A friend of mine recently shared a fun rumor. He heard that I was under consideration to be the moderator of the recent GOP Senate primary debate conducted by the Indiana Debate Commission on April 30. I didn’t take part, the rumor goes, because U.S. Rep. Todd Rokita objected.
The reality is, I beat Todd to the punch. I disqualified myself.
I was contacted by email in mid-February by a representative of the commission asking if I would be interested in moderating. I politely declined.
I’d like to explain why—and to explain why I believe the Indiana Debate Commission could be doing a much better job.
None of this is meant to be interpreted as criticism of Abdul Hakim-Shabazz, who served as moderator of the event and did an excellent job within the constraints that I’m about to spell out.
First, let me say that I believe debates are important and should be encouraged.
Having said that, the Indiana Debate Commission takes a curious approach.
From the time it was formed in 2007 until the time I retired in 2016 at the end of a 40-year career as a political reporter, the commission refused to consider me as a moderator for any of its events. It objected to the perceived promotional advantage that would be given to my former employer, WISH-TV. That includes the 2016 debates, which WISH volunteered to produce at no cost to the commission, giving the production an updated look that is much needed.
WISH’s one stipulation was that I would moderate. The commission said no. Never mind that the investment in the production would have been greater than the benefit of any promotional advantage.
Presumably other TV reporters are similarly disqualified. And, presumably, they will also become eligible when they retire.
No spite here. I turned down the opportunity for the same reason that I quit doing Indiana Week in Review when I retired from WISH. You just can’t do the same thorough job if you are not working in the trenches every day. I have no interest in being there just to be there.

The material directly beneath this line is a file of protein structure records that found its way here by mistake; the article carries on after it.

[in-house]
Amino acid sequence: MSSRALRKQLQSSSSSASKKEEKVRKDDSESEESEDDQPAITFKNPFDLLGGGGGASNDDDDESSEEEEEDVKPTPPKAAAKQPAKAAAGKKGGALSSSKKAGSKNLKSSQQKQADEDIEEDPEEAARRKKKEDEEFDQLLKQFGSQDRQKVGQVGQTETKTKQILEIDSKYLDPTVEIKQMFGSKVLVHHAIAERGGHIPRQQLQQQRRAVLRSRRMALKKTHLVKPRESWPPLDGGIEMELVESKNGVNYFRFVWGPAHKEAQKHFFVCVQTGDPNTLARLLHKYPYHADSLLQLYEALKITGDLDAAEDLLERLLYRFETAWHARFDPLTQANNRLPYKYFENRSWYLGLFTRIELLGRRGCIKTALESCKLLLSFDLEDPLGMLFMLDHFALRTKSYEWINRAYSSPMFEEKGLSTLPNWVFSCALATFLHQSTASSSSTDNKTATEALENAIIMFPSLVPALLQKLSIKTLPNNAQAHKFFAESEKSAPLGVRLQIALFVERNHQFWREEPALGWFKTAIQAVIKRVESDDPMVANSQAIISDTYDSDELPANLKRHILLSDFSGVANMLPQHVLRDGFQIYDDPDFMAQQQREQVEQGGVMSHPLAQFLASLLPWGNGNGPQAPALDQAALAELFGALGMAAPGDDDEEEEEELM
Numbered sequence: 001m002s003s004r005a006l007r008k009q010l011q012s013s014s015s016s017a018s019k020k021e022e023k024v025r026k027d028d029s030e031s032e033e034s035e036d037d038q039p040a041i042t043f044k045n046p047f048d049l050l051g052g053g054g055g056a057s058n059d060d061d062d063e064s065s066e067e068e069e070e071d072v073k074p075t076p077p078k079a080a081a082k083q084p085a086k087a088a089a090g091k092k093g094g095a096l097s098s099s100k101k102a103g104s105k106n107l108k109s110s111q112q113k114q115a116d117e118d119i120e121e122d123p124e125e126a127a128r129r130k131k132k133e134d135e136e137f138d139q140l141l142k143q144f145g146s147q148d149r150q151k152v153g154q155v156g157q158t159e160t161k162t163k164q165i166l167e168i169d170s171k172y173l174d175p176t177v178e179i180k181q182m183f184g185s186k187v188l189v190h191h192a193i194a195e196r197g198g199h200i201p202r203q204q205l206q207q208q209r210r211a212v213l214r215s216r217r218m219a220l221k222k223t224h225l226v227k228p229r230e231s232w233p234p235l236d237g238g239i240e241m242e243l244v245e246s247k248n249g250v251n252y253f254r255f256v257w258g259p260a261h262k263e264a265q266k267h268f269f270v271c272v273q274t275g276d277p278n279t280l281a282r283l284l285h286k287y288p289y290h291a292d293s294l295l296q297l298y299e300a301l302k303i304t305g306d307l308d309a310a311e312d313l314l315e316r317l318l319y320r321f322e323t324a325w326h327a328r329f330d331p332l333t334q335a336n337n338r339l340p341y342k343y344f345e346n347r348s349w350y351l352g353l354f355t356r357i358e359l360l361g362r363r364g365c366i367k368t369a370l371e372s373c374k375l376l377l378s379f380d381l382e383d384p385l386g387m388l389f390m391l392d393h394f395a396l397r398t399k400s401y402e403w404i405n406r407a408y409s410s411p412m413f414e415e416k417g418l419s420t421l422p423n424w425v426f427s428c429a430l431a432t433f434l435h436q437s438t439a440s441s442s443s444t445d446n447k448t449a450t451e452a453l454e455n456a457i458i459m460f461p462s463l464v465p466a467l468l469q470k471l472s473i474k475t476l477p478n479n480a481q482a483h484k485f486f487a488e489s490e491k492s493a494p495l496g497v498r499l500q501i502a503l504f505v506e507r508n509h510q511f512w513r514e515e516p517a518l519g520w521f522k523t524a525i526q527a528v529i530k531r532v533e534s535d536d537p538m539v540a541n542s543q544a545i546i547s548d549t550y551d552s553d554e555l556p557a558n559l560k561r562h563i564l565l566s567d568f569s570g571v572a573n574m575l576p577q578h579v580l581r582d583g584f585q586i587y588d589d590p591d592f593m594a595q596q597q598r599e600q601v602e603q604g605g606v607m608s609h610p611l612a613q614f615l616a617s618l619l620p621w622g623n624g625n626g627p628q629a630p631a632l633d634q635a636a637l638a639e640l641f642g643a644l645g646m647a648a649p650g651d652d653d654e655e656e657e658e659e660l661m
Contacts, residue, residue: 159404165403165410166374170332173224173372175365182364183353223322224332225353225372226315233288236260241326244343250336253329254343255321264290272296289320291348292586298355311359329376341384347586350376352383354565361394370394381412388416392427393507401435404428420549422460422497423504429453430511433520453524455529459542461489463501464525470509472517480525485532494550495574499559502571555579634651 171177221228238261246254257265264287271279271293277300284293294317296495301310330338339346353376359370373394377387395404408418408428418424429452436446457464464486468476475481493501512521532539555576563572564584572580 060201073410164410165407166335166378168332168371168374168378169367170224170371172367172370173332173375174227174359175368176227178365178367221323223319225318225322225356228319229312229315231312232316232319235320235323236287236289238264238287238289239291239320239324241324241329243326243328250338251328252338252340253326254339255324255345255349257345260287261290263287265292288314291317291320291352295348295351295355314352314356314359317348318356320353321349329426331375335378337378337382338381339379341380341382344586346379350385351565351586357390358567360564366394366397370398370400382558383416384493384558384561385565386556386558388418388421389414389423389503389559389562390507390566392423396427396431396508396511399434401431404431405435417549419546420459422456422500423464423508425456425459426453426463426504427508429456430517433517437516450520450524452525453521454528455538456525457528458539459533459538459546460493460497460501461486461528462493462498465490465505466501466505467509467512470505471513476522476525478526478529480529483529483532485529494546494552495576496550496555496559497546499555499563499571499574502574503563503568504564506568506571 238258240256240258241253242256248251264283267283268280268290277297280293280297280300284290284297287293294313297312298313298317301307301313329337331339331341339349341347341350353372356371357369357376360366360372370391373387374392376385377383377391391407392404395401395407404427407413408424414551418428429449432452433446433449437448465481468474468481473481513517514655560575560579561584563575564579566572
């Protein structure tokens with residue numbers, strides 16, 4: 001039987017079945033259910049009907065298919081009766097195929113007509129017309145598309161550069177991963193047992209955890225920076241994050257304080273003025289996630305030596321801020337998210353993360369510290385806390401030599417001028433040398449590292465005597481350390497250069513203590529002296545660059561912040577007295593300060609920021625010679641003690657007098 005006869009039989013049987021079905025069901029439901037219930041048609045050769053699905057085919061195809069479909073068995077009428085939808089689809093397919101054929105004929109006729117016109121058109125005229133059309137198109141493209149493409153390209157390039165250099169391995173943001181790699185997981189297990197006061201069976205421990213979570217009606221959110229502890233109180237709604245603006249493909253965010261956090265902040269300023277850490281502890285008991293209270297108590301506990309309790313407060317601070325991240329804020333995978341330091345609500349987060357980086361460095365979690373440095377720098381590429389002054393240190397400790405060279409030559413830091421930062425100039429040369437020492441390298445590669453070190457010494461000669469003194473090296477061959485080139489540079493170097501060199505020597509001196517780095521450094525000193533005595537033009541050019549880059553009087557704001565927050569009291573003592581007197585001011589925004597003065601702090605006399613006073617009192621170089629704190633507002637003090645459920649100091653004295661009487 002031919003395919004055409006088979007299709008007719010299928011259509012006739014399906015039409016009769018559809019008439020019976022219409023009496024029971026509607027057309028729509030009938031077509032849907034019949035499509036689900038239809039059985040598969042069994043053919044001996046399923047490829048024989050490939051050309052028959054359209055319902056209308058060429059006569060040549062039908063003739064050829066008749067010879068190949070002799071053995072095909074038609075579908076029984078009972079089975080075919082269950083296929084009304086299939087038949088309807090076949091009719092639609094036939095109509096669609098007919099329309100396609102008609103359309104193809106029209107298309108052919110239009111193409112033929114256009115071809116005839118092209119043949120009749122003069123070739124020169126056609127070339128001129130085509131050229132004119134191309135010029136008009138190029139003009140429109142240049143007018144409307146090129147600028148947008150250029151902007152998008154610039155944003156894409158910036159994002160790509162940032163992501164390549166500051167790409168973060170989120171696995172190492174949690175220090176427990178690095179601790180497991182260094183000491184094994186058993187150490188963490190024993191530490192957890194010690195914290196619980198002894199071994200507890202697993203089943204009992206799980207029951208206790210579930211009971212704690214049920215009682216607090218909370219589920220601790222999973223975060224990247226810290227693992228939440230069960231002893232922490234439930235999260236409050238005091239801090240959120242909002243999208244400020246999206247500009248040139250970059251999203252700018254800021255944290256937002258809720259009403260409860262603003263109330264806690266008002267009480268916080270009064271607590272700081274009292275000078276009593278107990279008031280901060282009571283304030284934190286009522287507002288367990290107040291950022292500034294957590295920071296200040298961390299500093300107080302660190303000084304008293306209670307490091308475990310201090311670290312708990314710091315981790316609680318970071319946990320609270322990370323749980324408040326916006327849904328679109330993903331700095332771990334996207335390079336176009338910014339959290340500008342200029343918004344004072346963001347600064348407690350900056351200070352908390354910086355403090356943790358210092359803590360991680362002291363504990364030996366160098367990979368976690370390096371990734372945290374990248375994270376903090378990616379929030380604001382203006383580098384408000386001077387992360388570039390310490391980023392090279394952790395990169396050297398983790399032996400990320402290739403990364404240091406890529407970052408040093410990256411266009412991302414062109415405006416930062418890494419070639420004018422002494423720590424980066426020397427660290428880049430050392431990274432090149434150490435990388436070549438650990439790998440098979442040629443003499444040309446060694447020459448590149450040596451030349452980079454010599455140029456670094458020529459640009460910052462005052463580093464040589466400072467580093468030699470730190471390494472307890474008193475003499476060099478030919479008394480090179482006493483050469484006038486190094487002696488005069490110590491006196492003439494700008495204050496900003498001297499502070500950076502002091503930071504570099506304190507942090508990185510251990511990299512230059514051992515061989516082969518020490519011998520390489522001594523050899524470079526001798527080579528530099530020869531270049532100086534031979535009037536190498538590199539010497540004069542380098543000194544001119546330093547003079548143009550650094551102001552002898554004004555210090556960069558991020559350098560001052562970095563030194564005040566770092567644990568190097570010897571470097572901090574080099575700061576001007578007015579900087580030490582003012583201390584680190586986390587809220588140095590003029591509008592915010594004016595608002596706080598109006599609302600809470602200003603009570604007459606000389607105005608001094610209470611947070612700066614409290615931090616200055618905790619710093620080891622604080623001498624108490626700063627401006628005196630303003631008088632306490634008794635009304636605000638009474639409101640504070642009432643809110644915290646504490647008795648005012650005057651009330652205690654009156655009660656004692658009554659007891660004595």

(I also turned down an opportunity to take part in the WISH Senate debate, but I did do some consulting on it.)
I’m also annoyed by the commission’s format, which is a constant. In the April 30 debate, the moderator spoke for more than 2-1/2 minutes before we heard from a candidate.
You don’t need to spell out the rules to the viewers. This is not baseball and they’re not keeping a scorebook. Let’s hear from the candidates.
Most of the questions came from viewers instead of journalists, including the first one. It had a real Miss America quality to it. It was something like: What three actions would you pursue in your first months in office?
If that’s the first question, you don’t need opening statements. The candidates need to be asked tougher questions and then they need to be forced to answer them.
Finally, there’s the Lincoln-Douglas segment. It allows candidates to talk about whatever they want, but, contrary to the goal, they didn’t challenge each other.
Add up the time from opening statements, closing statements, and the Lincoln-Douglas-infomercial and almost a third of the debate saw candidates spewing campaign rhetoric unchallenged. A waste of time.
Abdul didn’t have a chance.
Meantime, I have already declared myself unavailable for the commission’s fall debate. Never mind starting a rumor that I am disqualified because of this column.•
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Shella hosted WFYI’s “Indiana Week in Review” for 25 years and covered Indiana politics for WISH-TV for more than three decades. Send comments to email@example.com.